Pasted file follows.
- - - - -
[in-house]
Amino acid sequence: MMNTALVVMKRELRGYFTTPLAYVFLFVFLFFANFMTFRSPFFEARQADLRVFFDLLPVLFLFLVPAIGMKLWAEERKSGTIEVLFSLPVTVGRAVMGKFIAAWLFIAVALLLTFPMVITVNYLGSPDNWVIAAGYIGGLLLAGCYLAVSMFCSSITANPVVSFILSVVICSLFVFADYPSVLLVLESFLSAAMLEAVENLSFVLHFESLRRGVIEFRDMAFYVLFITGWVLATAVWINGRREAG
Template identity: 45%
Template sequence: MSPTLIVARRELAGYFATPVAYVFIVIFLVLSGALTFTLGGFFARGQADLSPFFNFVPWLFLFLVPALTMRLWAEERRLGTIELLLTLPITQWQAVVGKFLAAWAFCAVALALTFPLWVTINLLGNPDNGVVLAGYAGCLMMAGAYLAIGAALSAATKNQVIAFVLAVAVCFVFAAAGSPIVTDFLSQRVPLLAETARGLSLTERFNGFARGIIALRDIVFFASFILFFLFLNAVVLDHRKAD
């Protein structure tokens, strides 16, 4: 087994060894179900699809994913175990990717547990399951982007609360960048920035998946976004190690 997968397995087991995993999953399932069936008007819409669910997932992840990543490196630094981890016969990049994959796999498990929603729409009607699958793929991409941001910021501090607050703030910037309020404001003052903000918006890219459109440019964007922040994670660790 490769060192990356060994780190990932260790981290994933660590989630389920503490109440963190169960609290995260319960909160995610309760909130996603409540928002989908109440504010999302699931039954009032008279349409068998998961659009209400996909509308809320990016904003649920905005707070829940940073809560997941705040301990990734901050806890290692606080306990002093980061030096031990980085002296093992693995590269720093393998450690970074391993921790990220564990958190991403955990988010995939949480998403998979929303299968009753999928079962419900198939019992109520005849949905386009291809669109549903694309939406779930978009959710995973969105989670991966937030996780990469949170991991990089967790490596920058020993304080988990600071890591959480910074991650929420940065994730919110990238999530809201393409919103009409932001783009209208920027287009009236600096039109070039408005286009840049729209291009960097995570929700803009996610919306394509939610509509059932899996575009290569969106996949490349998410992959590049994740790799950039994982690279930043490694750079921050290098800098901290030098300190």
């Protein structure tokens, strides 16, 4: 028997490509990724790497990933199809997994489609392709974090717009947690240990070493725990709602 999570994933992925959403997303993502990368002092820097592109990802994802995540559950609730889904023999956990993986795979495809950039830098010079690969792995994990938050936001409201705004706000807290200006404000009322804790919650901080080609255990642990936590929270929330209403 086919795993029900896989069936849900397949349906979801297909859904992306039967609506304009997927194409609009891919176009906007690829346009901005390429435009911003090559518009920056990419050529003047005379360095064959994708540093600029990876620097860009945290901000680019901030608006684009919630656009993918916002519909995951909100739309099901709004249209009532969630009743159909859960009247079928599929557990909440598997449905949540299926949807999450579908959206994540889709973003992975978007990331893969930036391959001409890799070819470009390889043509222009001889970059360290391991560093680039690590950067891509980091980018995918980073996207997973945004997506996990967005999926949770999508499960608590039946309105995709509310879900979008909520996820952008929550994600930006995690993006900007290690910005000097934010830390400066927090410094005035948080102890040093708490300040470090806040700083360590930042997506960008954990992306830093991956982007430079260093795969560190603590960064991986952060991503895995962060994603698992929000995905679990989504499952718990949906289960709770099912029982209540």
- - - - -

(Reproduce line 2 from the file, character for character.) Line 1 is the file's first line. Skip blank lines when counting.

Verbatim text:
Amino acid sequence: MMNTALVVMKRELRGYFTTPLAYVFLFVFLFFANFMTFRSPFFEARQADLRVFFDLLPVLFLFLVPAIGMKLWAEERKSGTIEVLFSLPVTVGRAVMGKFIAAWLFIAVALLLTFPMVITVNYLGSPDNWVIAAGYIGGLLLAGCYLAVSMFCSSITANPVVSFILSVVICSLFVFADYPSVLLVLESFLSAAMLEAVENLSFVLHFESLRRGVIEFRDMAFYVLFITGWVLATAVWINGRREAG